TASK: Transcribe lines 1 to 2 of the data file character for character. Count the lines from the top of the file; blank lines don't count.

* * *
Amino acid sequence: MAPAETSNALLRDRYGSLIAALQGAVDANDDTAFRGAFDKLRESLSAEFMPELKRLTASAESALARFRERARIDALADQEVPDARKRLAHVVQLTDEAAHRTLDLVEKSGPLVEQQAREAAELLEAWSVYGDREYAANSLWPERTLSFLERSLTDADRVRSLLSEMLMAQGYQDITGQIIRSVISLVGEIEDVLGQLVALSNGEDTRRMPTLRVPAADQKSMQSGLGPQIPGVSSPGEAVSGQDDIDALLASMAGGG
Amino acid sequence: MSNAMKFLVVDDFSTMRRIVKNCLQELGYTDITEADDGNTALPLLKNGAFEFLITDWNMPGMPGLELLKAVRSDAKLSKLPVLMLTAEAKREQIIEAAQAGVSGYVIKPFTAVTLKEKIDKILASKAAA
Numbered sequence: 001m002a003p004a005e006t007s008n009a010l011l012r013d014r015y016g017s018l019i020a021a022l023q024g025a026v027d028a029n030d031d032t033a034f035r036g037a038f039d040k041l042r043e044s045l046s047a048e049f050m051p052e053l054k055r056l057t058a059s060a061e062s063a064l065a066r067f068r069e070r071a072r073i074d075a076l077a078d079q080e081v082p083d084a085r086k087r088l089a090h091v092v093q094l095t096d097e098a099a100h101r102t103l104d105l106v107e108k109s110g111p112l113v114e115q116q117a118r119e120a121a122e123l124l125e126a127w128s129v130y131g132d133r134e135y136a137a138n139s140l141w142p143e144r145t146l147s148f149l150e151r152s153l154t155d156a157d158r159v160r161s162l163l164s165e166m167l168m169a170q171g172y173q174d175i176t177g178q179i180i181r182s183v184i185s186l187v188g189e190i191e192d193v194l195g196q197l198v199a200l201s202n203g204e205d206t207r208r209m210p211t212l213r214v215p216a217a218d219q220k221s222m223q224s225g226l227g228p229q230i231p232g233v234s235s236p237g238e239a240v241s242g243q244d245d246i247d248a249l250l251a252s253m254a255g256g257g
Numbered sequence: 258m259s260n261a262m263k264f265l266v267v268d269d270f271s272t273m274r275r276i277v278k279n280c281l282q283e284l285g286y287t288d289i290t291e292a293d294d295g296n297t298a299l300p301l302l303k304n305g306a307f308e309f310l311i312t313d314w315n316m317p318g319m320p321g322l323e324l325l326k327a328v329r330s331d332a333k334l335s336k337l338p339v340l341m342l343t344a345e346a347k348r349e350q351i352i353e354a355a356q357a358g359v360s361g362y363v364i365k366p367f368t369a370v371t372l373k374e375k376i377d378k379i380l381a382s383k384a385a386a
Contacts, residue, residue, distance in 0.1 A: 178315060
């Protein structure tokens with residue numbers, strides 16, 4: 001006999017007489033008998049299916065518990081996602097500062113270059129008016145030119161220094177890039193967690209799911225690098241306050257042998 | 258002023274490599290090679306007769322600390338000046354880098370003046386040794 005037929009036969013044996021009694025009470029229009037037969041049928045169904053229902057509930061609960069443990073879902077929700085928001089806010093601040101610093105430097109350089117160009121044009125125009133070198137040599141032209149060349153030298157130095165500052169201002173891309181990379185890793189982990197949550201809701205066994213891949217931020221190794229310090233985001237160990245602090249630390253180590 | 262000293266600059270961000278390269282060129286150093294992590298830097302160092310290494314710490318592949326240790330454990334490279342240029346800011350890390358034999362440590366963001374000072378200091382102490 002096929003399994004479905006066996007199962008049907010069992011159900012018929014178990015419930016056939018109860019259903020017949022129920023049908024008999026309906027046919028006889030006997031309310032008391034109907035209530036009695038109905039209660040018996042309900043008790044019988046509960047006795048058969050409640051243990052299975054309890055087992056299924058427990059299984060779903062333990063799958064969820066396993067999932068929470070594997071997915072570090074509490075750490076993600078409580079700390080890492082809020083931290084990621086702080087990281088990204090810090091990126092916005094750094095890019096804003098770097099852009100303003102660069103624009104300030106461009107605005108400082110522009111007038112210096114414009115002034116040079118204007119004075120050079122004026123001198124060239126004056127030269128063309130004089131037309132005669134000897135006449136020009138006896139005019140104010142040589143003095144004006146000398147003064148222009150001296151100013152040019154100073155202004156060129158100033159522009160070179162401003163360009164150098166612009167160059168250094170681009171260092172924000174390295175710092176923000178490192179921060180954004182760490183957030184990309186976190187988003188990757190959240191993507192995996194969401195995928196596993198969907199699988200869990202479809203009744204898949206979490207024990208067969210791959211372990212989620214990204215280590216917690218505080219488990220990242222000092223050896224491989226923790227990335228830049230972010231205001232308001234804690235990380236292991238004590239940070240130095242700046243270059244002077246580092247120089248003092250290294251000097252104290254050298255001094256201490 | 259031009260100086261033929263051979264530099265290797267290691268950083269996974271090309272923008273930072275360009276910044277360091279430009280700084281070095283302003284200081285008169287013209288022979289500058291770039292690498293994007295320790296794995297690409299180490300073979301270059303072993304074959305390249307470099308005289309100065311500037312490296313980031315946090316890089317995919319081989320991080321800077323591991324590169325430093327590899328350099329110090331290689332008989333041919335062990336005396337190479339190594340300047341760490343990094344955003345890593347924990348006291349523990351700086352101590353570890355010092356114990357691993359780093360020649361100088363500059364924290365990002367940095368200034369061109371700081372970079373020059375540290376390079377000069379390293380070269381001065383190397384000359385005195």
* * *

Amino acid sequence: MAPAETSNALLRDRYGSLIAALQGAVDANDDTAFRGAFDKLRESLSAEFMPELKRLTASAESALARFRERARIDALADQEVPDARKRLAHVVQLTDEAAHRTLDLVEKSGPLVEQQAREAAELLEAWSVYGDREYAANSLWPERTLSFLERSLTDADRVRSLLSEMLMAQGYQDITGQIIRSVISLVGEIEDVLGQLVALSNGEDTRRMPTLRVPAADQKSMQSGLGPQIPGVSSPGEAVSGQDDIDALLASMAGGG
Amino acid sequence: MSNAMKFLVVDDFSTMRRIVKNCLQELGYTDITEADDGNTALPLLKNGAFEFLITDWNMPGMPGLELLKAVRSDAKLSKLPVLMLTAEAKREQIIEAAQAGVSGYVIKPFTAVTLKEKIDKILASKAAA